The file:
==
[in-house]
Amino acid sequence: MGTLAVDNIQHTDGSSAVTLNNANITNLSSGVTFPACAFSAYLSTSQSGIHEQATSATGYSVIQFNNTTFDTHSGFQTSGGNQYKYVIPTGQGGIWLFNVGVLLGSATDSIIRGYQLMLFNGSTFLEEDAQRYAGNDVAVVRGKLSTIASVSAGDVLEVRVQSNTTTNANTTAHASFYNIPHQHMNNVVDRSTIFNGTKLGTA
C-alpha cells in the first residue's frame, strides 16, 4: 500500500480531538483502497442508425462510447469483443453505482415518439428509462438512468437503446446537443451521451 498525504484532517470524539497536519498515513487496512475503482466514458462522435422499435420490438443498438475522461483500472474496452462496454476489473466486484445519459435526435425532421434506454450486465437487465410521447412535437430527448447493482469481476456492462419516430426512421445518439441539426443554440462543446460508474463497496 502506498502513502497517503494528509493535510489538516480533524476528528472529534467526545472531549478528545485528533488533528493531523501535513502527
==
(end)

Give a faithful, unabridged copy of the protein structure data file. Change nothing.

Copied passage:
[in-house]
Amino acid sequence: MGTLAVDNIQHTDGSSAVTLNNANITNLSSGVTFPACAFSAYLSTSQSGIHEQATSATGYSVIQFNNTTFDTHSGFQTSGGNQYKYVIPTGQGGIWLFNVGVLLGSATDSIIRGYQLMLFNGSTFLEEDAQRYAGNDVAVVRGKLSTIASVSAGDVLEVRVQSNTTTNANTTAHASFYNIPHQHMNNVVDRSTIFNGTKLGTA
C-alpha cells in the first residue's frame, strides 16, 4: 500500500480531538483502497442508425462510447469483443453505482415518439428509462438512468437503446446537443451521451 498525504484532517470524539497536519498515513487496512475503482466514458462522435422499435420490438443498438475522461483500472474496452462496454476489473466486484445519459435526435425532421434506454450486465437487465410521447412535437430527448447493482469481476456492462419516430426512421445518439441539426443554440462543446460508474463497496 502506498502513502497517503494528509493535510489538516480533524476528528472529534467526545472531549478528545485528533488533528493531523501535513502527